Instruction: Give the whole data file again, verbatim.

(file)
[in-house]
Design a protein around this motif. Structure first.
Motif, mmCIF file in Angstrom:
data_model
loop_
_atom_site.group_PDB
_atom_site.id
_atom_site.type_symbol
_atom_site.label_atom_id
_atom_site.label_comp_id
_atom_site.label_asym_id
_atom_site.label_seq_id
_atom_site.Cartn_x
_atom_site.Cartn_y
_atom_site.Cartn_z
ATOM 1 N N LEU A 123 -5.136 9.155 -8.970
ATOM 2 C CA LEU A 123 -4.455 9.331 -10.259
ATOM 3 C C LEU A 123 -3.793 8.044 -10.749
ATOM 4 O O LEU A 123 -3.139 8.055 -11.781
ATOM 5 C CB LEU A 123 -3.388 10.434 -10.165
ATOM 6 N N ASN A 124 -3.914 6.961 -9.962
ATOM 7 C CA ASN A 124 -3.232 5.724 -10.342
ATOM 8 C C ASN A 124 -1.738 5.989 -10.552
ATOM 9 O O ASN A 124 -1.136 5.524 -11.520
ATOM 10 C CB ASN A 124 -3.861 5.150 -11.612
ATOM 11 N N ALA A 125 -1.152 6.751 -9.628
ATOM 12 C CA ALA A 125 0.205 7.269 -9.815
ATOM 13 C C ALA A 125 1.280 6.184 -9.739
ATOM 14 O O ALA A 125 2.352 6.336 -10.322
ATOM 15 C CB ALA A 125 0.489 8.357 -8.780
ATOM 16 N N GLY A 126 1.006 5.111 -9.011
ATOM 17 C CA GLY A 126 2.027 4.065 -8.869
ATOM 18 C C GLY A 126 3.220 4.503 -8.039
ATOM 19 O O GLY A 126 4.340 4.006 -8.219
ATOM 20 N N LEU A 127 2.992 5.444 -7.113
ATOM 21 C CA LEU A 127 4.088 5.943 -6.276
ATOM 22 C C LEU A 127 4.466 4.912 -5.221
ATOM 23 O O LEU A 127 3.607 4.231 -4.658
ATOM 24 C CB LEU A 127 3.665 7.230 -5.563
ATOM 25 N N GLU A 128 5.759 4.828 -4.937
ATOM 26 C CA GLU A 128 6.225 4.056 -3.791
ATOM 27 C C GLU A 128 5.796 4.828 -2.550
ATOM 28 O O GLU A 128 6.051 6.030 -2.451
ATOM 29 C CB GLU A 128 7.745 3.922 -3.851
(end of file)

[in-house]
Design a protein around this motif. Structure first.
Motif, mmCIF file in Angstrom:
data_model
loop_
_atom_site.group_PDB
_atom_site.id
_atom_site.type_symbol
_atom_site.label_atom_id
_atom_site.label_comp_id
_atom_site.label_asym_id
_atom_site.label_seq_id
_atom_site.Cartn_x
_atom_site.Cartn_y
_atom_site.Cartn_z
ATOM 1 N N LEU A 123 -5.136 9.155 -8.970
ATOM 2 C CA LEU A 123 -4.455 9.331 -10.259
ATOM 3 C C LEU A 123 -3.793 8.044 -10.749
ATOM 4 O O LEU A 123 -3.139 8.055 -11.781
ATOM 5 C CB LEU A 123 -3.388 10.434 -10.165
ATOM 6 N N ASN A 124 -3.914 6.961 -9.962
ATOM 7 C CA ASN A 124 -3.232 5.724 -10.342
ATOM 8 C C ASN A 124 -1.738 5.989 -10.552
ATOM 9 O O ASN A 124 -1.136 5.524 -11.520
ATOM 10 C CB ASN A 124 -3.861 5.150 -11.612
ATOM 11 N N ALA A 125 -1.152 6.751 -9.628
ATOM 12 C CA ALA A 125 0.205 7.269 -9.815
ATOM 13 C C ALA A 125 1.280 6.184 -9.739
ATOM 14 O O ALA A 125 2.352 6.336 -10.322
ATOM 15 C CB ALA A 125 0.489 8.357 -8.780
ATOM 16 N N GLY A 126 1.006 5.111 -9.011
ATOM 17 C CA GLY A 126 2.027 4.065 -8.869
ATOM 18 C C GLY A 126 3.220 4.503 -8.039
ATOM 19 O O GLY A 126 4.340 4.006 -8.219
ATOM 20 N N LEU A 127 2.992 5.444 -7.113
ATOM 21 C CA LEU A 127 4.088 5.943 -6.276
ATOM 22 C C LEU A 127 4.466 4.912 -5.221
ATOM 23 O O LEU A 127 3.607 4.231 -4.658
ATOM 24 C CB LEU A 127 3.665 7.230 -5.563
ATOM 25 N N GLU A 128 5.759 4.828 -4.937
ATOM 26 C CA GLU A 128 6.225 4.056 -3.791
ATOM 27 C C GLU A 128 5.796 4.828 -2.550
ATOM 28 O O GLU A 128 6.051 6.030 -2.451
ATOM 29 C CB GLU A 128 7.745 3.922 -3.851